Friends the good news that Matthew brings to us is that the answer to King’s question is implicit in the Scriptures. It tells us that we are a community connected to Emmanuel. God with us. More than just a story or metaphor. He is no longer the forerunner or the sign but flesh and blood. God with us. God with US. It is the particularity in Matthews account to let us know that Jesus is both divine reality and human. We all come from a community of folks, the holy text reminds us of Jesus’ genealogy from Abraham to David all the way down to Jacob the father of Joseph, the husband of Mary of whom Jesus was born, who is called Messiah.  We are reminded that the one Jesus is descended from real people with rich and complicated histories, but who are tied together by a bigger story.  Just as our own stories.  Oh how terrifying it must have been for a displaced, homeless, poor and pregnant teenaged girl and her husband to become refugees fleeing to save the life of her innocent unborn child from an imperial terror. All she had was faith: trusting and obeying an angel of the Lord who told Joseph that the life she carries is a gift of God to the world. And still today, God entrusts us with God’s gifts to the world, innocents…little ones, children born to us, all of us including those born to poor, unwed, uneducated, Black, White, Asian, Latino, Native Americans, Palestinians, Israelis, Syrians, Muslim, Christians, Jewish children…innocents our enemies children…”them” “those over there” our children---all of whom God is still saying, “the child you carry is a gift to the world.” You can recall your own story and remember your ancestry whether biological or a family of choice, you are an important and integral part of a family and community that loves you. Every child is a gift from, with their arrival on the scene of our lives we affirm over and over again that God is with us.  For those of us who are around your children on a regular basis, Its miraculous to watch their lives unfold…we become more and more convinced that they are gifts that only a loving creator can give. Last year my 17 month-old son, Lalibela, played baby Jesus in the Christmas pageant here. Well, I’m reluctant to report that this Christmas he holds his miniature guitar and rocks out at any given moment with his self-titled, debut song, “Jesus, Jesus, Jesus….” I kid you not, First Church, I think we are in for some trouble.  How wonderful it is to be entrusted with and bear witness to the Baptism today of these two little ones.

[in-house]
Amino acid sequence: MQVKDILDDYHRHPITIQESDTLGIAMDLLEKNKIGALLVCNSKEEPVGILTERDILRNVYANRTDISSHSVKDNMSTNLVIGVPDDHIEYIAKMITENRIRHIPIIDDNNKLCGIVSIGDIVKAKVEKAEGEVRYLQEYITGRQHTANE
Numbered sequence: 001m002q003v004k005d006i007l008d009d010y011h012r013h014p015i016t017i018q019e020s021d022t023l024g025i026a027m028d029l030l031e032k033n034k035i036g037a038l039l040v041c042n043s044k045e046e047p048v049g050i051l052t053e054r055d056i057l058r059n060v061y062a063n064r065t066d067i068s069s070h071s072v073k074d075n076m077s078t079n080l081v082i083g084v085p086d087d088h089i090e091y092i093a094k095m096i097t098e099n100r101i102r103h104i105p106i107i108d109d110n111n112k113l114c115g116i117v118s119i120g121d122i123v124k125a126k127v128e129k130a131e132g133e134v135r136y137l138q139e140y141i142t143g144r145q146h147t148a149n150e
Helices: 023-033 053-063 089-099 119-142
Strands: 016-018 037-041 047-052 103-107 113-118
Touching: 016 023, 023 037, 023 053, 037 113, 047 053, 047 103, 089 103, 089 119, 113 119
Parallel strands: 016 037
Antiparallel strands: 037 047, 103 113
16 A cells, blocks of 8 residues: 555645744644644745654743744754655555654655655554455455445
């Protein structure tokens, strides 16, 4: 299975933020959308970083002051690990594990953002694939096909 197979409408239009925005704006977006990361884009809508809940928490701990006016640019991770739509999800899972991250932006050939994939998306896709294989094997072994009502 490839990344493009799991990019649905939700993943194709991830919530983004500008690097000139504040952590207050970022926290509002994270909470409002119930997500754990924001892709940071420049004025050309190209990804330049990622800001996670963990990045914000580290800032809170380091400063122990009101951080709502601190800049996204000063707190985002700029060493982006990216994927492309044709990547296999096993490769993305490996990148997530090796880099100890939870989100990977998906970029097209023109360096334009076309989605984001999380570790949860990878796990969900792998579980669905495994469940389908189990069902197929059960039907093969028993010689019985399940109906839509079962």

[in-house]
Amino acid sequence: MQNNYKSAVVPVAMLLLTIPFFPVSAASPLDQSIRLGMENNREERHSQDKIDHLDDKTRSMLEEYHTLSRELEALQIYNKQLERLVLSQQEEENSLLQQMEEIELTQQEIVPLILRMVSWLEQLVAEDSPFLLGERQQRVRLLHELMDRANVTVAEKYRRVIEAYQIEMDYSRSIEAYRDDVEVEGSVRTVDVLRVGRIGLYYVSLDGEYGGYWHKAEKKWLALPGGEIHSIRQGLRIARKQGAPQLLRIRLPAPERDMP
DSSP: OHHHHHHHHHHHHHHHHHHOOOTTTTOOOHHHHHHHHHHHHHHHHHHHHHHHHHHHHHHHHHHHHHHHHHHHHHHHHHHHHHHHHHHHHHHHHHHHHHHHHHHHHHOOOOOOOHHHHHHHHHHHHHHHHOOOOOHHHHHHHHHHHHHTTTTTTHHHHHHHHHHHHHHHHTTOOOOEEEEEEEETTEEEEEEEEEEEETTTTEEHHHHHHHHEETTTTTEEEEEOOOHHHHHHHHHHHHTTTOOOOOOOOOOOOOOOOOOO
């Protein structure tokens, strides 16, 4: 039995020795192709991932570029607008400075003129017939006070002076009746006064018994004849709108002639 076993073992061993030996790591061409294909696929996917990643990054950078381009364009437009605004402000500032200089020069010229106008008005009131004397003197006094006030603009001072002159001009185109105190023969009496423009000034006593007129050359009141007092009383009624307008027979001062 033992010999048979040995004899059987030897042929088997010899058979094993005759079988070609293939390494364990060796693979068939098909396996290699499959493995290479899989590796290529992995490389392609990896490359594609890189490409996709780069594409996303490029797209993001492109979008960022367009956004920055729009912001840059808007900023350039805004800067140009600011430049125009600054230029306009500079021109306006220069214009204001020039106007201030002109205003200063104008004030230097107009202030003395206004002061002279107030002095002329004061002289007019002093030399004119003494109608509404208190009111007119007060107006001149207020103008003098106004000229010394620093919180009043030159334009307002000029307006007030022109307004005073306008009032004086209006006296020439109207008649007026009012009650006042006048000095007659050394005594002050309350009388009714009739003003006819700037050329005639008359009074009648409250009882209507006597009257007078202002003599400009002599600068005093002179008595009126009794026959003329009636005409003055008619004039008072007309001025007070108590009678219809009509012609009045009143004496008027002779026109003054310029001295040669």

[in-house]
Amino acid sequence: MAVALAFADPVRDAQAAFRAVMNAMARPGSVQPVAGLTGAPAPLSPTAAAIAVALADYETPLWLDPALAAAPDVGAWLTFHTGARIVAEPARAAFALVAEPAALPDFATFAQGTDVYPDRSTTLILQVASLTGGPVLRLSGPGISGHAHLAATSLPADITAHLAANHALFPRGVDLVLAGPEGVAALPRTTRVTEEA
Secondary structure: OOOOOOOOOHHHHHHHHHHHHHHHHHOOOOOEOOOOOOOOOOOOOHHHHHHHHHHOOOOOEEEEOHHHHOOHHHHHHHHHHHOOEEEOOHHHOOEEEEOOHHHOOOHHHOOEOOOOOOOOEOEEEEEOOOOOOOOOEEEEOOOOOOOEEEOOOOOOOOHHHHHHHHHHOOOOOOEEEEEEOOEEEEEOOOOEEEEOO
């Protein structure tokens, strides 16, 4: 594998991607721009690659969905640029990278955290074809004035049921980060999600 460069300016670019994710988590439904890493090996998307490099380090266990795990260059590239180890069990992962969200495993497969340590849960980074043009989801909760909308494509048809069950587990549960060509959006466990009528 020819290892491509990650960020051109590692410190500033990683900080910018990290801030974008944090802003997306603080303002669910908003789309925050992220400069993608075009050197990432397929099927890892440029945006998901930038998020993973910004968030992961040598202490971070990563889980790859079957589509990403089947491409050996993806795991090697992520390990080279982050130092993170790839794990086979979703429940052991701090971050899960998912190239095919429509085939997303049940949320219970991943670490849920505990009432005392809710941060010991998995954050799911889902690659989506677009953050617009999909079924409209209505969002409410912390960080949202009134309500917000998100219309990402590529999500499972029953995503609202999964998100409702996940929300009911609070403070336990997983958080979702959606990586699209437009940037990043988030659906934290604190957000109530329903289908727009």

As in the days of Matthew, the rite of Baptism affirms our relationship to God. For those being baptized anew and those of us adults who have gone before, it is our public proclamation that we have accepted to enter into part of a sacred history. A history in which God intervenes. New Testament scholar Alejandro Duarte puts it this way, “It is a history in which Old Testament is neither forgotten nor abandoned, but fulfills the great promise of God, clarified in Jesus.”  Jesus is the promise of continuing presence for the future tied to the salvation history of the same God of Abraham, Isaac, and Jacob. The God of David and Mary and the same God who self-revealing Spirit descends and enliven our own to ever be children of God.   Baptism is a rite symbolic of our entrance into both a spiritual and natural relationship with God in which we can cry “Abba,” Father and be ever embraced and love.   This God whom Matthew also characterizes as lamenting over those who rejected His prophets is as a Hen who sought to gather her children. Now as someone who grew up in a rural part of Jamaica we kept chickens. And Matthew isn’t holding out on us when he speaks of the fierceness of a mother hen’s love for her little chicks. I have learned that lesson the hard way having had my hands pecked a time or two for trying to intervene on a sister hens schooling of her toddlers.  Take my word for it, but some of you may have your own hen-pecking stories (now I am only sticking to the reference of henpecking relevant to my sermon. That other kind for you married folks, I’ll leave for another preacher). What this disciple of Christ is conveying to us is that beginning with our Baptism, we enter into a fierce passionate love relationship with God. And, we become part of God’s design for his children as community of covenant, a beloved community.   So our salvation story belongs not just to us, but like the gift that Mary carried in her belly so too are your gifts given you by God to love all whom God loves.